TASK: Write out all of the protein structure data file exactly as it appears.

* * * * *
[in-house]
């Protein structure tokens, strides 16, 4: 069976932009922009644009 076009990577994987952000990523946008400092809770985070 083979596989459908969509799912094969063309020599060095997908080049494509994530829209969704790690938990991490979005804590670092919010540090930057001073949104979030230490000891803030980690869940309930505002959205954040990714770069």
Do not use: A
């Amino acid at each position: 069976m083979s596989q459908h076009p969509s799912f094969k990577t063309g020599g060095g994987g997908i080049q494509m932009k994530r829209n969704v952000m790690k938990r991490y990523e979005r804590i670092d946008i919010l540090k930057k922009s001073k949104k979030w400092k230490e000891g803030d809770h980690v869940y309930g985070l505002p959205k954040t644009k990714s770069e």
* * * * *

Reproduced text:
[in-house]
């Protein structure tokens, strides 16, 4: 069976932009922009644009 076009990577994987952000990523946008400092809770985070 083979596989459908969509799912094969063309020599060095997908080049494509994530829209969704790690938990991490979005804590670092919010540090930057001073949104979030230490000891803030980690869940309930505002959205954040990714770069």
Do not use: A
């Amino acid at each position: 069976m083979s596989q459908h076009p969509s799912f094969k990577t063309g020599g060095g994987g997908i080049q494509m932009k994530r829209n969704v952000m790690k938990r991490y990523e979005r804590i670092d946008i919010l540090k930057k922009s001073k949104k979030w400092k230490e000891g803030d809770h980690v869940y309930g985070l505002p959205k954040t644009k990714s770069e």